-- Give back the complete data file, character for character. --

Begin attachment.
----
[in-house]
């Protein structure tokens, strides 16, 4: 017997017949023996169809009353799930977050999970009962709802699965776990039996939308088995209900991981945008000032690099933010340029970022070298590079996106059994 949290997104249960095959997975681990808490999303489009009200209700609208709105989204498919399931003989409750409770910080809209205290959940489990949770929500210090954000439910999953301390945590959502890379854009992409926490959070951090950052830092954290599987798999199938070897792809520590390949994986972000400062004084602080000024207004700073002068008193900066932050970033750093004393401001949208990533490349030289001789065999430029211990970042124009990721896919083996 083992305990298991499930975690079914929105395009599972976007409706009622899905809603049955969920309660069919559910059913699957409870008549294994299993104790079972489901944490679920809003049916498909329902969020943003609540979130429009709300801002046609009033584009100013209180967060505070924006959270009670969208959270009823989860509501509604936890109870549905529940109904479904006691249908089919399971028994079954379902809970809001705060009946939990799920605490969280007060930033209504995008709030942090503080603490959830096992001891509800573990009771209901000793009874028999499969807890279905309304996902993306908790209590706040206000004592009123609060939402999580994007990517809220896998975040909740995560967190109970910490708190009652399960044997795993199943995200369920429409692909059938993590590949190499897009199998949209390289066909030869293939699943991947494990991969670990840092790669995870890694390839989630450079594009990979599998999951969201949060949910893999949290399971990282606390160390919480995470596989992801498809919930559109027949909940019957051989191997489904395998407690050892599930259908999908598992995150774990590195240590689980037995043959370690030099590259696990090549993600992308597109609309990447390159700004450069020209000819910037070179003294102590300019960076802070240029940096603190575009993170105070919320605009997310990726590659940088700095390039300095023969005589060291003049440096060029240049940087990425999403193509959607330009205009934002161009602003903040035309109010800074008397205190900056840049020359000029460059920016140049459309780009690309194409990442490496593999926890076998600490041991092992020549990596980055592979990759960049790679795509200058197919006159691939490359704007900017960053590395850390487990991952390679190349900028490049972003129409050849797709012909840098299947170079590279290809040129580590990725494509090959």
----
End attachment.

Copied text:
[in-house]
């Protein structure tokens, strides 16, 4: 017997017949023996169809009353799930977050999970009962709802699965776990039996939308088995209900991981945008000032690099933010340029970022070298590079996106059994 949290997104249960095959997975681990808490999303489009009200209700609208709105989204498919399931003989409750409770910080809209205290959940489990949770929500210090954000439910999953301390945590959502890379854009992409926490959070951090950052830092954290599987798999199938070897792809520590390949994986972000400062004084602080000024207004700073002068008193900066932050970033750093004393401001949208990533490349030289001789065999430029211990970042124009990721896919083996 083992305990298991499930975690079914929105395009599972976007409706009622899905809603049955969920309660069919559910059913699957409870008549294994299993104790079972489901944490679920809003049916498909329902969020943003609540979130429009709300801002046609009033584009100013209180967060505070924006959270009670969208959270009823989860509501509604936890109870549905529940109904479904006691249908089919399971028994079954379902809970809001705060009946939990799920605490969280007060930033209504995008709030942090503080603490959830096992001891509800573990009771209901000793009874028999499969807890279905309304996902993306908790209590706040206000004592009123609060939402999580994007990517809220896998975040909740995560967190109970910490708190009652399960044997795993199943995200369920429409692909059938993590590949190499897009199998949209390289066909030869293939699943991947494990991969670990840092790669995870890694390839989630450079594009990979599998999951969201949060949910893999949290399971990282606390160390919480995470596989992801498809919930559109027949909940019957051989191997489904395998407690050892599930259908999908598992995150774990590195240590689980037995043959370690030099590259696990090549993600992308597109609309990447390159700004450069020209000819910037070179003294102590300019960076802070240029940096603190575009993170105070919320605009997310990726590659940088700095390039300095023969005589060291003049440096060029240049940087990425999403193509959607330009205009934002161009602003903040035309109010800074008397205190900056840049020359000029460059920016140049459309780009690309194409990442490496593999926890076998600490041991092992020549990596980055592979990759960049790679795509200058197919006159691939490359704007900017960053590395850390487990991952390679190349900028490049972003129409050849797709012909840098299947170079590279290809040129580590990725494509090959």